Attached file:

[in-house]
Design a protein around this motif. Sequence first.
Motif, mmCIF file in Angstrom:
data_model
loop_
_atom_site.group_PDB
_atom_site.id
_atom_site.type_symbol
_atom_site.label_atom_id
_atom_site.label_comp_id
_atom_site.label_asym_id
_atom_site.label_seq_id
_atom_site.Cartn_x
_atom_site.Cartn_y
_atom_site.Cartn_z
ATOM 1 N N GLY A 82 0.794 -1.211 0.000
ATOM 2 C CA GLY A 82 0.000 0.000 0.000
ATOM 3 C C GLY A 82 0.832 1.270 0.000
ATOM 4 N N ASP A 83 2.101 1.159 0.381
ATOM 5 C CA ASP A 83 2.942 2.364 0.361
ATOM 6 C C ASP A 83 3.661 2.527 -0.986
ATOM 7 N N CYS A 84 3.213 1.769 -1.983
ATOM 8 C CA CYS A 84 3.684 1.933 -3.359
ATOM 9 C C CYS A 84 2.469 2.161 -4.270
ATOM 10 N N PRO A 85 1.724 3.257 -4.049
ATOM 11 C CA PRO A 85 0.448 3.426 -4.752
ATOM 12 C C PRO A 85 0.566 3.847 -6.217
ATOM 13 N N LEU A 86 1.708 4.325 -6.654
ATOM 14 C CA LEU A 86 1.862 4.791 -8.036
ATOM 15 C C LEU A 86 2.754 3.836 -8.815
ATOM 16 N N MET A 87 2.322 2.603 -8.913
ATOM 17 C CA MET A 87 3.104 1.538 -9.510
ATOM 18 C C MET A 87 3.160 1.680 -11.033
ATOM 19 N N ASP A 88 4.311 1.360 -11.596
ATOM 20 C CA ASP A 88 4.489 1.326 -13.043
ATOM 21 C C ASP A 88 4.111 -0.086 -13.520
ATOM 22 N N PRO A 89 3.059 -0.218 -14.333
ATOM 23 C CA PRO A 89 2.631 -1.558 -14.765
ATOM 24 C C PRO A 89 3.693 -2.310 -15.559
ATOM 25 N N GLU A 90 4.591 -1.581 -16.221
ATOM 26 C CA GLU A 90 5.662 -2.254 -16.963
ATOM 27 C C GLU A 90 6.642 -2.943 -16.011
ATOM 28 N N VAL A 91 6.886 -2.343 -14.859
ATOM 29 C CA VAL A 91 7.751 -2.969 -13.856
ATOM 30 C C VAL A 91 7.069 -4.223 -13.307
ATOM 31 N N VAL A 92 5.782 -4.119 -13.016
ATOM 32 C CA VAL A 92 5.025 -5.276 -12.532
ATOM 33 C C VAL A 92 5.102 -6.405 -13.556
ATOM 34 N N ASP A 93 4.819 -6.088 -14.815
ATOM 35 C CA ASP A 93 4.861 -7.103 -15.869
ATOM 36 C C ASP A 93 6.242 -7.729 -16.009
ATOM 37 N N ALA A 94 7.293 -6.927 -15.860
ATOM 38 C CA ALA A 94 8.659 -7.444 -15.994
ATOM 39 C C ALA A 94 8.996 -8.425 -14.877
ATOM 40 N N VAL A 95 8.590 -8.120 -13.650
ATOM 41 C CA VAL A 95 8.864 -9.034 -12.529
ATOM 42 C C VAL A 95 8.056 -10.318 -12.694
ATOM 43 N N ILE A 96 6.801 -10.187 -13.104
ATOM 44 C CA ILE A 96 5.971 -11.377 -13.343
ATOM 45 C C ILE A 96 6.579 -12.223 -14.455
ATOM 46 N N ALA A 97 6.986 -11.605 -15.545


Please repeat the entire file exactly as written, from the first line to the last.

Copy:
[in-house]
Design a protein around this motif. Sequence first.
Motif, mmCIF file in Angstrom:
data_model
loop_
_atom_site.group_PDB
_atom_site.id
_atom_site.type_symbol
_atom_site.label_atom_id
_atom_site.label_comp_id
_atom_site.label_asym_id
_atom_site.label_seq_id
_atom_site.Cartn_x
_atom_site.Cartn_y
_atom_site.Cartn_z
ATOM 1 N N GLY A 82 0.794 -1.211 0.000
ATOM 2 C CA GLY A 82 0.000 0.000 0.000
ATOM 3 C C GLY A 82 0.832 1.270 0.000
ATOM 4 N N ASP A 83 2.101 1.159 0.381
ATOM 5 C CA ASP A 83 2.942 2.364 0.361
ATOM 6 C C ASP A 83 3.661 2.527 -0.986
ATOM 7 N N CYS A 84 3.213 1.769 -1.983
ATOM 8 C CA CYS A 84 3.684 1.933 -3.359
ATOM 9 C C CYS A 84 2.469 2.161 -4.270
ATOM 10 N N PRO A 85 1.724 3.257 -4.049
ATOM 11 C CA PRO A 85 0.448 3.426 -4.752
ATOM 12 C C PRO A 85 0.566 3.847 -6.217
ATOM 13 N N LEU A 86 1.708 4.325 -6.654
ATOM 14 C CA LEU A 86 1.862 4.791 -8.036
ATOM 15 C C LEU A 86 2.754 3.836 -8.815
ATOM 16 N N MET A 87 2.322 2.603 -8.913
ATOM 17 C CA MET A 87 3.104 1.538 -9.510
ATOM 18 C C MET A 87 3.160 1.680 -11.033
ATOM 19 N N ASP A 88 4.311 1.360 -11.596
ATOM 20 C CA ASP A 88 4.489 1.326 -13.043
ATOM 21 C C ASP A 88 4.111 -0.086 -13.520
ATOM 22 N N PRO A 89 3.059 -0.218 -14.333
ATOM 23 C CA PRO A 89 2.631 -1.558 -14.765
ATOM 24 C C PRO A 89 3.693 -2.310 -15.559
ATOM 25 N N GLU A 90 4.591 -1.581 -16.221
ATOM 26 C CA GLU A 90 5.662 -2.254 -16.963
ATOM 27 C C GLU A 90 6.642 -2.943 -16.011
ATOM 28 N N VAL A 91 6.886 -2.343 -14.859
ATOM 29 C CA VAL A 91 7.751 -2.969 -13.856
ATOM 30 C C VAL A 91 7.069 -4.223 -13.307
ATOM 31 N N VAL A 92 5.782 -4.119 -13.016
ATOM 32 C CA VAL A 92 5.025 -5.276 -12.532
ATOM 33 C C VAL A 92 5.102 -6.405 -13.556
ATOM 34 N N ASP A 93 4.819 -6.088 -14.815
ATOM 35 C CA ASP A 93 4.861 -7.103 -15.869
ATOM 36 C C ASP A 93 6.242 -7.729 -16.009
ATOM 37 N N ALA A 94 7.293 -6.927 -15.860
ATOM 38 C CA ALA A 94 8.659 -7.444 -15.994
ATOM 39 C C ALA A 94 8.996 -8.425 -14.877
ATOM 40 N N VAL A 95 8.590 -8.120 -13.650
ATOM 41 C CA VAL A 95 8.864 -9.034 -12.529
ATOM 42 C C VAL A 95 8.056 -10.318 -12.694
ATOM 43 N N ILE A 96 6.801 -10.187 -13.104
ATOM 44 C CA ILE A 96 5.971 -11.377 -13.343
ATOM 45 C C ILE A 96 6.579 -12.223 -14.455
ATOM 46 N N ALA A 97 6.986 -11.605 -15.545